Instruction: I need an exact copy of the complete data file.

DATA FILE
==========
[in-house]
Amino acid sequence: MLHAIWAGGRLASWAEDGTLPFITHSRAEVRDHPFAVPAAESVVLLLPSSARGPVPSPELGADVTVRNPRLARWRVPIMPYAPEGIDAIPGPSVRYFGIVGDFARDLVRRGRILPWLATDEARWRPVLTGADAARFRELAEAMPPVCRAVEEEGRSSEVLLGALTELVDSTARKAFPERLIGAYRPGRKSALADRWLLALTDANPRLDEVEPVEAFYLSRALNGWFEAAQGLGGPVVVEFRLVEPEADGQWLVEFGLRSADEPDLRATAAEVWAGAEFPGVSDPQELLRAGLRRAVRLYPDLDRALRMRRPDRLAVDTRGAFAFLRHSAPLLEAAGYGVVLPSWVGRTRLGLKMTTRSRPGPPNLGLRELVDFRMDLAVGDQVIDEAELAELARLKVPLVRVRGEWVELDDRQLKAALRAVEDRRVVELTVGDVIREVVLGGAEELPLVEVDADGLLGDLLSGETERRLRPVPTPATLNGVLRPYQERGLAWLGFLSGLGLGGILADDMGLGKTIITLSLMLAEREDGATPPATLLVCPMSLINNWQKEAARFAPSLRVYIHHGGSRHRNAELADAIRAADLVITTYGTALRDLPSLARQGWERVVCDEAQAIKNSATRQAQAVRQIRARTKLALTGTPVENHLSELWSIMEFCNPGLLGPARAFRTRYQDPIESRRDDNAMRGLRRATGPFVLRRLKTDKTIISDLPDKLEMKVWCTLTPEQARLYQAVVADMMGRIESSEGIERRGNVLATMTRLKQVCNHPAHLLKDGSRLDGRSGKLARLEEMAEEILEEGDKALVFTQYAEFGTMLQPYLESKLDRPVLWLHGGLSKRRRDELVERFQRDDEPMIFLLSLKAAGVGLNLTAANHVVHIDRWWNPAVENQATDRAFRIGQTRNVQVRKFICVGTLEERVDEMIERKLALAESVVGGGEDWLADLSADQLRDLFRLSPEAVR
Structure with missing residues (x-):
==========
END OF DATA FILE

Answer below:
[in-house]
Amino acid sequence: MLHAIWAGGRLASWAEDGTLPFITHSRAEVRDHPFAVPAAESVVLLLPSSARGPVPSPELGADVTVRNPRLARWRVPIMPYAPEGIDAIPGPSVRYFGIVGDFARDLVRRGRILPWLATDEARWRPVLTGADAARFRELAEAMPPVCRAVEEEGRSSEVLLGALTELVDSTARKAFPERLIGAYRPGRKSALADRWLLALTDANPRLDEVEPVEAFYLSRALNGWFEAAQGLGGPVVVEFRLVEPEADGQWLVEFGLRSADEPDLRATAAEVWAGAEFPGVSDPQELLRAGLRRAVRLYPDLDRALRMRRPDRLAVDTRGAFAFLRHSAPLLEAAGYGVVLPSWVGRTRLGLKMTTRSRPGPPNLGLRELVDFRMDLAVGDQVIDEAELAELARLKVPLVRVRGEWVELDDRQLKAALRAVEDRRVVELTVGDVIREVVLGGAEELPLVEVDADGLLGDLLSGETERRLRPVPTPATLNGVLRPYQERGLAWLGFLSGLGLGGILADDMGLGKTIITLSLMLAEREDGATPPATLLVCPMSLINNWQKEAARFAPSLRVYIHHGGSRHRNAELADAIRAADLVITTYGTALRDLPSLARQGWERVVCDEAQAIKNSATRQAQAVRQIRARTKLALTGTPVENHLSELWSIMEFCNPGLLGPARAFRTRYQDPIESRRDDNAMRGLRRATGPFVLRRLKTDKTIISDLPDKLEMKVWCTLTPEQARLYQAVVADMMGRIESSEGIERRGNVLATMTRLKQVCNHPAHLLKDGSRLDGRSGKLARLEEMAEEILEEGDKALVFTQYAEFGTMLQPYLESKLDRPVLWLHGGLSKRRRDELVERFQRDDEPMIFLLSLKAAGVGLNLTAANHVVHIDRWWNPAVENQATDRAFRIGQTRNVQVRKFICVGTLEERVDEMIERKLALAESVVGGGEDWLADLSADQLRDLFRLSPEAVR
Structure with missing residues (x-):